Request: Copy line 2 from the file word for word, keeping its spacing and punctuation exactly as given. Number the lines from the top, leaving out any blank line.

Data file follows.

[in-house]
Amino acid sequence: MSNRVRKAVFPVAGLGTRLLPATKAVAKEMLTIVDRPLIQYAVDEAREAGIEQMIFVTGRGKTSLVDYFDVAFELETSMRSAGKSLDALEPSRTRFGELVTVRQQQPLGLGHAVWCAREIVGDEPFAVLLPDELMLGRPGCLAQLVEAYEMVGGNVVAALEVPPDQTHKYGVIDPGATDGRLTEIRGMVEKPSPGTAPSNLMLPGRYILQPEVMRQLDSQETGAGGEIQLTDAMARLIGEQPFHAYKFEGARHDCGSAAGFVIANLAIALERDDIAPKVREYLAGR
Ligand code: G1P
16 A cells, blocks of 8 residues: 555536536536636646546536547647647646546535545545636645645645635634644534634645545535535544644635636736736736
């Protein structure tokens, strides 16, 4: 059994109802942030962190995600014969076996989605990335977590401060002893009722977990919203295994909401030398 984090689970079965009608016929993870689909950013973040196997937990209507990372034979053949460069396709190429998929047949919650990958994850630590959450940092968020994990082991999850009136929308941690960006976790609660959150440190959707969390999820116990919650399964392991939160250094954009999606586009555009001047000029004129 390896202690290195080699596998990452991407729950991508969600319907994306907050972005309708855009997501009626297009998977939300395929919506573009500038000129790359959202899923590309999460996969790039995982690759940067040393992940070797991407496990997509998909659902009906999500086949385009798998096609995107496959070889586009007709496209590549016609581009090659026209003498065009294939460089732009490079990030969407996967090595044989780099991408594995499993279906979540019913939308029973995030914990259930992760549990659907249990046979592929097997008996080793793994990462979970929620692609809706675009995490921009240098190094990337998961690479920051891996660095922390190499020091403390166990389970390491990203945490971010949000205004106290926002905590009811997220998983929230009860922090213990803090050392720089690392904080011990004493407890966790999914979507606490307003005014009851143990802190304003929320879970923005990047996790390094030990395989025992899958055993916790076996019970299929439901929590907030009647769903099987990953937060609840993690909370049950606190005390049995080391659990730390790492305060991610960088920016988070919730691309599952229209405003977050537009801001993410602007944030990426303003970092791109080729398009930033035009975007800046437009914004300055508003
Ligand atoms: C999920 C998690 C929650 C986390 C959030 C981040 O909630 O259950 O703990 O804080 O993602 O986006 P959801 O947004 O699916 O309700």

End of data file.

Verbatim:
Amino acid sequence: MSNRVRKAVFPVAGLGTRLLPATKAVAKEMLTIVDRPLIQYAVDEAREAGIEQMIFVTGRGKTSLVDYFDVAFELETSMRSAGKSLDALEPSRTRFGELVTVRQQQPLGLGHAVWCAREIVGDEPFAVLLPDELMLGRPGCLAQLVEAYEMVGGNVVAALEVPPDQTHKYGVIDPGATDGRLTEIRGMVEKPSPGTAPSNLMLPGRYILQPEVMRQLDSQETGAGGEIQLTDAMARLIGEQPFHAYKFEGARHDCGSAAGFVIANLAIALERDDIAPKVREYLAGR